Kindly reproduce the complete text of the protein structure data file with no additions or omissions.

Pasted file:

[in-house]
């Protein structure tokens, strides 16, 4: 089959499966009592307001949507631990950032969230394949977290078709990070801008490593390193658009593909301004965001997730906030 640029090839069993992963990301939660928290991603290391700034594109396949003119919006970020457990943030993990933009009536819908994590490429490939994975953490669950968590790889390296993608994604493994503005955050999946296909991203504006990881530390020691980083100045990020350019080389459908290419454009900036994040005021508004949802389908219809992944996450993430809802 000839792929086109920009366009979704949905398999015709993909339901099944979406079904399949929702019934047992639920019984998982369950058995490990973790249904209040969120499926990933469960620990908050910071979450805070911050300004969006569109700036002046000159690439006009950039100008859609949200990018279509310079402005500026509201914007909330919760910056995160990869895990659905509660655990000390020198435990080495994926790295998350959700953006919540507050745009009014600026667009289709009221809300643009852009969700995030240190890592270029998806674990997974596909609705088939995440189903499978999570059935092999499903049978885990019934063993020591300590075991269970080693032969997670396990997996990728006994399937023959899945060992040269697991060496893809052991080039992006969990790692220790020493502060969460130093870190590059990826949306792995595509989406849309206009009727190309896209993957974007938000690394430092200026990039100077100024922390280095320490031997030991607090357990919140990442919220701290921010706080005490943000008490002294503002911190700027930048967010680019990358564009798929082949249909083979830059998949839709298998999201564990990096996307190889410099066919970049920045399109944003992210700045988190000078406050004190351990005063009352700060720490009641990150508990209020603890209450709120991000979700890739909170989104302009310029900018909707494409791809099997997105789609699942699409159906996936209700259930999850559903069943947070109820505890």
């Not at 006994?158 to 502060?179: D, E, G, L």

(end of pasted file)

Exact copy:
[in-house]
């Protein structure tokens, strides 16, 4: 089959499966009592307001949507631990950032969230394949977290078709990070801008490593390193658009593909301004965001997730906030 640029090839069993992963990301939660928290991603290391700034594109396949003119919006970020457990943030993990933009009536819908994590490429490939994975953490669950968590790889390296993608994604493994503005955050999946296909991203504006990881530390020691980083100045990020350019080389459908290419454009900036994040005021508004949802389908219809992944996450993430809802 000839792929086109920009366009979704949905398999015709993909339901099944979406079904399949929702019934047992639920019984998982369950058995490990973790249904209040969120499926990933469960620990908050910071979450805070911050300004969006569109700036002046000159690439006009950039100008859609949200990018279509310079402005500026509201914007909330919760910056995160990869895990659905509660655990000390020198435990080495994926790295998350959700953006919540507050745009009014600026667009289709009221809300643009852009969700995030240190890592270029998806674990997974596909609705088939995440189903499978999570059935092999499903049978885990019934063993020591300590075991269970080693032969997670396990997996990728006994399937023959899945060992040269697991060496893809052991080039992006969990790692220790020493502060969460130093870190590059990826949306792995595509989406849309206009009727190309896209993957974007938000690394430092200026990039100077100024922390280095320490031997030991607090357990919140990442919220701290921010706080005490943000008490002294503002911190700027930048967010680019990358564009798929082949249909083979830059998949839709298998999201564990990096996307190889410099066919970049920045399109944003992210700045988190000078406050004190351990005063009352700060720490009641990150508990209020603890209450709120991000979700890739909170989104302009310029900018909707494409791809099997997105789609699942699409159906996936209700259930999850559903069943947070109820505890």
């Not at 006994?158 to 502060?179: D, E, G, L």